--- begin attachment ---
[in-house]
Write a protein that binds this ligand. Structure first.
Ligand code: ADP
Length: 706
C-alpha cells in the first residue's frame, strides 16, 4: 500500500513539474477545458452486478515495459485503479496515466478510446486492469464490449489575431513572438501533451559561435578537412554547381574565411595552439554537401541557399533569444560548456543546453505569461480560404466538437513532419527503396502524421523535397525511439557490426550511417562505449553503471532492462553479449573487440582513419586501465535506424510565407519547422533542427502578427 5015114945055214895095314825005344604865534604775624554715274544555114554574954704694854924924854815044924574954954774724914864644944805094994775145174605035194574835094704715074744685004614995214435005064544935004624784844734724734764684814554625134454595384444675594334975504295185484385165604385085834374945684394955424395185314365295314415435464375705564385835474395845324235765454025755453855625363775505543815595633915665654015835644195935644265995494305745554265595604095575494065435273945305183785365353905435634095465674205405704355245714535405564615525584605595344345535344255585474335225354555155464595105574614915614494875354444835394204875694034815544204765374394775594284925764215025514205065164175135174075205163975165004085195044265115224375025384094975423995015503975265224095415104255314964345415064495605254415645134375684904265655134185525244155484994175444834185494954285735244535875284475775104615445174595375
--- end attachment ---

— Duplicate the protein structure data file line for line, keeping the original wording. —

[in-house]
Write a protein that binds this ligand. Structure first.
Ligand code: ADP
Length: 706
C-alpha cells in the first residue's frame, strides 16, 4: 500500500513539474477545458452486478515495459485503479496515466478510446486492469464490449489575431513572438501533451559561435578537412554547381574565411595552439554537401541557399533569444560548456543546453505569461480560404466538437513532419527503396502524421523535397525511439557490426550511417562505449553503471532492462553479449573487440582513419586501465535506424510565407519547422533542427502578427 5015114945055214895095314825005344604865534604775624554715274544555114554574954704694854924924854815044924574954954774724914864644944805094994775145174605035194574835094704715074744685004614995214435005064544935004624784844734724734764684814554625134454595384444675594334975504295185484385165604385085834374945684394955424395185314365295314415435464375705564385835474395845324235765454025755453855625363775505543815595633915665654015835644195935644265995494305745554265595604095575494065435273945305183785365353905435634095465674205405704355245714535405564615525584605595344345535344255585474335225354555155464595105574614915614494875354444835394204875694034815544204765374394775594284925764215025514205065164175135174075205163975165004085195044265115224375025384094975423995015503975265224095415104255314964345415064495605254415645134375684904265655134185525244155484994175444834185494954285735244535875284475775104615445174595375